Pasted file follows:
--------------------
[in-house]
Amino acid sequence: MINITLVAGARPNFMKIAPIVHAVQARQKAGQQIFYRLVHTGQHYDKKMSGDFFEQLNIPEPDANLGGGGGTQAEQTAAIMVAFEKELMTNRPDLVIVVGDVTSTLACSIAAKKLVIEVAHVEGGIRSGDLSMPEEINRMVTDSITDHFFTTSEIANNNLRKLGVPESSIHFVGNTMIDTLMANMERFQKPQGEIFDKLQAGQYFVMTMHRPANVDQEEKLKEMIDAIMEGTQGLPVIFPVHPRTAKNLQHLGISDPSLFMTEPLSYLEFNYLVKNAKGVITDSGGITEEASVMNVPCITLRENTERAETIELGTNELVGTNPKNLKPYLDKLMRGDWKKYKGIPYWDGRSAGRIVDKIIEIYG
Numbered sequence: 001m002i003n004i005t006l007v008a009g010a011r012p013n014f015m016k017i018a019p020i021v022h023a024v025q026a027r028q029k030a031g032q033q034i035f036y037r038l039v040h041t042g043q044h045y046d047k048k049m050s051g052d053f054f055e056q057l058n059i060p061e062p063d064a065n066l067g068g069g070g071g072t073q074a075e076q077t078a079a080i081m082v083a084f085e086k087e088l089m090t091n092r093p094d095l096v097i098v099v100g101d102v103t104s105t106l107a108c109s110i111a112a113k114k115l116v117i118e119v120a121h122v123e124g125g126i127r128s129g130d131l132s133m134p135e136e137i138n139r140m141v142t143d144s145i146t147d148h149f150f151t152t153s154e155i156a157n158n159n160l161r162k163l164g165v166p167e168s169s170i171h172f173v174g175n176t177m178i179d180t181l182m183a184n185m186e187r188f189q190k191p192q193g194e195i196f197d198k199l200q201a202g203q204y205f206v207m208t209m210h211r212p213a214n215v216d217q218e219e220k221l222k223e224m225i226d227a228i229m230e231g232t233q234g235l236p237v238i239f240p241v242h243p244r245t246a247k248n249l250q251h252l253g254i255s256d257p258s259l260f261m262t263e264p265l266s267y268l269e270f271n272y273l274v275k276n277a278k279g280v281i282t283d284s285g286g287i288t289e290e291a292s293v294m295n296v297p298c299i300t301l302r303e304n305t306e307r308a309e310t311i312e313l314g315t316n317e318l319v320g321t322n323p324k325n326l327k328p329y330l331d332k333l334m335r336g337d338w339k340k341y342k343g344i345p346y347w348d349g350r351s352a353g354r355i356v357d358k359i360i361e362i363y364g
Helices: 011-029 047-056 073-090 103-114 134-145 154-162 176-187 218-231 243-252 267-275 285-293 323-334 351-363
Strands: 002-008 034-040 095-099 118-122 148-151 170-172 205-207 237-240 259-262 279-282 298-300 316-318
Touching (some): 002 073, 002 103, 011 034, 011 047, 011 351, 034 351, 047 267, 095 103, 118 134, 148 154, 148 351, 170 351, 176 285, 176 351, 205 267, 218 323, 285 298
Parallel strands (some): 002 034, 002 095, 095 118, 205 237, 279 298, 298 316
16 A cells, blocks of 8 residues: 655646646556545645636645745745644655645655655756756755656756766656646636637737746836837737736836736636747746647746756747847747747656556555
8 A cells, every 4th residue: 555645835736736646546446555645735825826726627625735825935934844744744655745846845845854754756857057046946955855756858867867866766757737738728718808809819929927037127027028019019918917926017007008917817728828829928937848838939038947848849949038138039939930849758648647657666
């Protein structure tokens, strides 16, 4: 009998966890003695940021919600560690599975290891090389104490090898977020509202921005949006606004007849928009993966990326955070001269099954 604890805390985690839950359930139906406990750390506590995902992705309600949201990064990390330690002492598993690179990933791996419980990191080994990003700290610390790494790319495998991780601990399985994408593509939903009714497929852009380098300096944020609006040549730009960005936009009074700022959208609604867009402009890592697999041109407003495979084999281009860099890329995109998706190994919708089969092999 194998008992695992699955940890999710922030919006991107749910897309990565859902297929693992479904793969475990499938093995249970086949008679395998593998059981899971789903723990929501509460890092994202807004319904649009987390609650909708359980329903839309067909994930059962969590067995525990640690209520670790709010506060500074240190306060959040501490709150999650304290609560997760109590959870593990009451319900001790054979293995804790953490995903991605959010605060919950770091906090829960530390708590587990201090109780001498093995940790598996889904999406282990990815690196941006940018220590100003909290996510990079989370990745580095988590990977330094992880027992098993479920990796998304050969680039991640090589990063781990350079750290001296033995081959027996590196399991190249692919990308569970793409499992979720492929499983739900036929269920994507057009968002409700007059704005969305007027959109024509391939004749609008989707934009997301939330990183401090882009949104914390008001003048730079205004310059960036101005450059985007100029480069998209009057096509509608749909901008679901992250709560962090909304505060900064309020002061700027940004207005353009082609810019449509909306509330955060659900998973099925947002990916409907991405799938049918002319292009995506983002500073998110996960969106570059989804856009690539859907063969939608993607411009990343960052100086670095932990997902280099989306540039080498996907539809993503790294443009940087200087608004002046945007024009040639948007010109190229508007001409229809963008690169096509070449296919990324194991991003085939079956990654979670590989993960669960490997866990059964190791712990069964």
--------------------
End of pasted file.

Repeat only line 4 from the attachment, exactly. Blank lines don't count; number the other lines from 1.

Helices: 011-029 047-056 073-090 103-114 134-145 154-162 176-187 218-231 243-252 267-275 285-293 323-334 351-363